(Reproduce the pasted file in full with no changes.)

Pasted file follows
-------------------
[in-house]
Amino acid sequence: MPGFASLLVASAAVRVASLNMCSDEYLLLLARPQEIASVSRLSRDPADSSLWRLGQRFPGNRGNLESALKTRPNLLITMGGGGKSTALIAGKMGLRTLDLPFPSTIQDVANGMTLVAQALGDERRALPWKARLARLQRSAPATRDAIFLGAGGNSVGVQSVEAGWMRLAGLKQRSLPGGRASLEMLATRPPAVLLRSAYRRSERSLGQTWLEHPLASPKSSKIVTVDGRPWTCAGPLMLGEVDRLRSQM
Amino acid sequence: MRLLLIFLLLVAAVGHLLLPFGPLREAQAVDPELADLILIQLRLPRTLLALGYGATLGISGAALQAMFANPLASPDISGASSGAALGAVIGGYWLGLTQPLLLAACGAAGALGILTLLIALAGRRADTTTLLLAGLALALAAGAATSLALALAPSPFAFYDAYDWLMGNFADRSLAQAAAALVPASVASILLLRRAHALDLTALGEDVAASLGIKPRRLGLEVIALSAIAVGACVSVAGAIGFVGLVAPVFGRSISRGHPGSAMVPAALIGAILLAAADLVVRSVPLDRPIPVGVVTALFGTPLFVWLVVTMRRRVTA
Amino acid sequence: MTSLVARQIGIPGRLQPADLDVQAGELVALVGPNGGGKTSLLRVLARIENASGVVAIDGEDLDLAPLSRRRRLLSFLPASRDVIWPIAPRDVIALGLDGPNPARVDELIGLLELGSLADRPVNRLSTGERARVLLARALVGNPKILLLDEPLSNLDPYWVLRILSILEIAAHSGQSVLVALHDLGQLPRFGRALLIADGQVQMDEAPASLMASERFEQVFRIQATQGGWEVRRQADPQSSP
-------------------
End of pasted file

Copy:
[in-house]
Amino acid sequence: MPGFASLLVASAAVRVASLNMCSDEYLLLLARPQEIASVSRLSRDPADSSLWRLGQRFPGNRGNLESALKTRPNLLITMGGGGKSTALIAGKMGLRTLDLPFPSTIQDVANGMTLVAQALGDERRALPWKARLARLQRSAPATRDAIFLGAGGNSVGVQSVEAGWMRLAGLKQRSLPGGRASLEMLATRPPAVLLRSAYRRSERSLGQTWLEHPLASPKSSKIVTVDGRPWTCAGPLMLGEVDRLRSQM
Amino acid sequence: MRLLLIFLLLVAAVGHLLLPFGPLREAQAVDPELADLILIQLRLPRTLLALGYGATLGISGAALQAMFANPLASPDISGASSGAALGAVIGGYWLGLTQPLLLAACGAAGALGILTLLIALAGRRADTTTLLLAGLALALAAGAATSLALALAPSPFAFYDAYDWLMGNFADRSLAQAAAALVPASVASILLLRRAHALDLTALGEDVAASLGIKPRRLGLEVIALSAIAVGACVSVAGAIGFVGLVAPVFGRSISRGHPGSAMVPAALIGAILLAAADLVVRSVPLDRPIPVGVVTALFGTPLFVWLVVTMRRRVTA
Amino acid sequence: MTSLVARQIGIPGRLQPADLDVQAGELVALVGPNGGGKTSLLRVLARIENASGVVAIDGEDLDLAPLSRRRRLLSFLPASRDVIWPIAPRDVIALGLDGPNPARVDELIGLLELGSLADRPVNRLSTGERARVLLARALVGNPKILLLDEPLSNLDPYWVLRILSILEIAAHSGQSVLVALHDLGQLPRFGRALLIADGQVQMDEAPASLMASERFEQVFRIQATQGGWEVRRQADPQSSP